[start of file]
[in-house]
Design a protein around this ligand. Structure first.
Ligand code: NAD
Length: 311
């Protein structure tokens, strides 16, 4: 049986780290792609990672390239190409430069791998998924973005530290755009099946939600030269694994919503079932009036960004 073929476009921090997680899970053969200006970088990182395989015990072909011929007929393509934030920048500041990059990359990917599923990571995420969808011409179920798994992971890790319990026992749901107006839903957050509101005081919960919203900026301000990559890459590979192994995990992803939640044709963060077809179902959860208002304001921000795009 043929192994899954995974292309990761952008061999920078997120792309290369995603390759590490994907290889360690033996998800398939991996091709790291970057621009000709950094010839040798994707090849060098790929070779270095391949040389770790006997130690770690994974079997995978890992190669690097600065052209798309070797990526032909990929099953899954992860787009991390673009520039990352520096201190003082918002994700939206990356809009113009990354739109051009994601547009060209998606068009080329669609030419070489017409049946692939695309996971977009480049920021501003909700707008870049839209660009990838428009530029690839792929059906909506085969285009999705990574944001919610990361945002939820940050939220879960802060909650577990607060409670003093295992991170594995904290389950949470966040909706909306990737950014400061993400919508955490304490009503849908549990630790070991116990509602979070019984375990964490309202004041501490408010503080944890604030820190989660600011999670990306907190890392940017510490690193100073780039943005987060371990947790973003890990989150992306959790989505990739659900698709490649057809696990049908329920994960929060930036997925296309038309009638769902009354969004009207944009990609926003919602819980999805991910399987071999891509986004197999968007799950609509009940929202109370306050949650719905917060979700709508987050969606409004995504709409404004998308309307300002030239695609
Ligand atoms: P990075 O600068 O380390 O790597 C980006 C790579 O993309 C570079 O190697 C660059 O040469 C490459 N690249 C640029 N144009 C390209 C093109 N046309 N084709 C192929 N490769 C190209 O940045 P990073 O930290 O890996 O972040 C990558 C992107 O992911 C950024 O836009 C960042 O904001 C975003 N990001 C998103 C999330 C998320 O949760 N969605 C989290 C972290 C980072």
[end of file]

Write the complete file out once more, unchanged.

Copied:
[in-house]
Design a protein around this ligand. Structure first.
Ligand code: NAD
Length: 311
């Protein structure tokens, strides 16, 4: 049986780290792609990672390239190409430069791998998924973005530290755009099946939600030269694994919503079932009036960004 073929476009921090997680899970053969200006970088990182395989015990072909011929007929393509934030920048500041990059990359990917599923990571995420969808011409179920798994992971890790319990026992749901107006839903957050509101005081919960919203900026301000990559890459590979192994995990992803939640044709963060077809179902959860208002304001921000795009 043929192994899954995974292309990761952008061999920078997120792309290369995603390759590490994907290889360690033996998800398939991996091709790291970057621009000709950094010839040798994707090849060098790929070779270095391949040389770790006997130690770690994974079997995978890992190669690097600065052209798309070797990526032909990929099953899954992860787009991390673009520039990352520096201190003082918002994700939206990356809009113009990354739109051009994601547009060209998606068009080329669609030419070489017409049946692939695309996971977009480049920021501003909700707008870049839209660009990838428009530029690839792929059906909506085969285009999705990574944001919610990361945002939820940050939220879960802060909650577990607060409670003093295992991170594995904290389950949470966040909706909306990737950014400061993400919508955490304490009503849908549990630790070991116990509602979070019984375990964490309202004041501490408010503080944890604030820190989660600011999670990306907190890392940017510490690193100073780039943005987060371990947790973003890990989150992306959790989505990739659900698709490649057809696990049908329920994960929060930036997925296309038309009638769902009354969004009207944009990609926003919602819980999805991910399987071999891509986004197999968007799950609509009940929202109370306050949650719905917060979700709508987050969606409004995504709409404004998308309307300002030239695609
Ligand atoms: P990075 O600068 O380390 O790597 C980006 C790579 O993309 C570079 O190697 C660059 O040469 C490459 N690249 C640029 N144009 C390209 C093109 N046309 N084709 C192929 N490769 C190209 O940045 P990073 O930290 O890996 O972040 C990558 C992107 O992911 C950024 O836009 C960042 O904001 C975003 N990001 C998103 C999330 C998320 O949760 N969605 C989290 C972290 C980072």